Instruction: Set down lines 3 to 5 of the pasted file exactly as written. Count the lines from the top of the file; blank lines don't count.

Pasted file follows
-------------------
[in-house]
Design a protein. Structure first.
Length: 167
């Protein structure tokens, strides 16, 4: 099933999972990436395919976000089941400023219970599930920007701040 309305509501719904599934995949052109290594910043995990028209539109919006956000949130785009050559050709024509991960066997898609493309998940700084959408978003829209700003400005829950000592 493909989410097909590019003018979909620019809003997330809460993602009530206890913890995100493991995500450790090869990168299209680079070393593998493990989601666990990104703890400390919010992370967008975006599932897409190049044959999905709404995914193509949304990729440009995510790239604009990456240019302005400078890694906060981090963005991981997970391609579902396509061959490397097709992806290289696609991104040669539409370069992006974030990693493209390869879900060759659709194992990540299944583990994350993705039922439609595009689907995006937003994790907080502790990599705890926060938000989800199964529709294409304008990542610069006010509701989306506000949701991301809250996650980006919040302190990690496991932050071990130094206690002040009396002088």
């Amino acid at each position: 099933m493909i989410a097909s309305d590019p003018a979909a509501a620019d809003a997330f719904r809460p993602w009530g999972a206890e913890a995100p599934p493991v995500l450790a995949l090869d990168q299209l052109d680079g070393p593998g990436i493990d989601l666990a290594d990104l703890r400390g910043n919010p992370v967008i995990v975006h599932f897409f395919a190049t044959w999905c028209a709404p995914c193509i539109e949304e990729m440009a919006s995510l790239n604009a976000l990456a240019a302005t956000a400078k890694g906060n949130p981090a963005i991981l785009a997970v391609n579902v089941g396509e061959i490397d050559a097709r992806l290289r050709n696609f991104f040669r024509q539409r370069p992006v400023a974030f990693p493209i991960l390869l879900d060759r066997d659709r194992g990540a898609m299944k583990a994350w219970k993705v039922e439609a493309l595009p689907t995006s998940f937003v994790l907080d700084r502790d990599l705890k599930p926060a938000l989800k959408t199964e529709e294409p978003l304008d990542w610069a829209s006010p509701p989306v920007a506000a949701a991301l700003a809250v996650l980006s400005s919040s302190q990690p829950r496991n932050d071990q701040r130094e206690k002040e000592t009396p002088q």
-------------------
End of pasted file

Length: 167
């Protein structure tokens, strides 16, 4: 099933999972990436395919976000089941400023219970599930920007701040 309305509501719904599934995949052109290594910043995990028209539109919006956000949130785009050559050709024509991960066997898609493309998940700084959408978003829209700003400005829950000592 493909989410097909590019003018979909620019809003997330809460993602009530206890913890995100493991995500450790090869990168299209680079070393593998493990989601666990990104703890400390919010992370967008975006599932897409190049044959999905709404995914193509949304990729440009995510790239604009990456240019302005400078890694906060981090963005991981997970391609579902396509061959490397097709992806290289696609991104040669539409370069992006974030990693493209390869879900060759659709194992990540299944583990994350993705039922439609595009689907995006937003994790907080502790990599705890926060938000989800199964529709294409304008990542610069006010509701989306506000949701991301809250996650980006919040302190990690496991932050071990130094206690002040009396002088």
């Amino acid at each position: 099933m493909i989410a097909s309305d590019p003018a979909a509501a620019d809003a997330f719904r809460p993602w009530g999972a206890e913890a995100p599934p493991v995500l450790a995949l090869d990168q299209l052109d680079g070393p593998g990436i493990d989601l666990a290594d990104l703890r400390g910043n919010p992370v967008i995990v975006h599932f897409f395919a190049t044959w999905c028209a709404p995914c193509i539109e949304e990729m440009a919006s995510l790239n604009a976000l990456a240019a302005t956000a400078k890694g906060n949130p981090a963005i991981l785009a997970v391609n579902v089941g396509e061959i490397d050559a097709r992806l290289r050709n696609f991104f040669r024509q539409r370069p992006v400023a974030f990693p493209i991960l390869l879900d060759r066997d659709r194992g990540a898609m299944k583990a994350w219970k993705v039922e439609a493309l595009p689907t995006s998940f937003v994790l907080d700084r502790d990599l705890k599930p926060a938000l989800k959408t199964e529709e294409p978003l304008d990542w610069a829209s006010p509701p989306v920007a506000a949701a991301l700003a809250v996650l980006s400005s919040s302190q990690p829950r496991n932050d071990q701040r130094e206690k002040e000592t009396p002088q």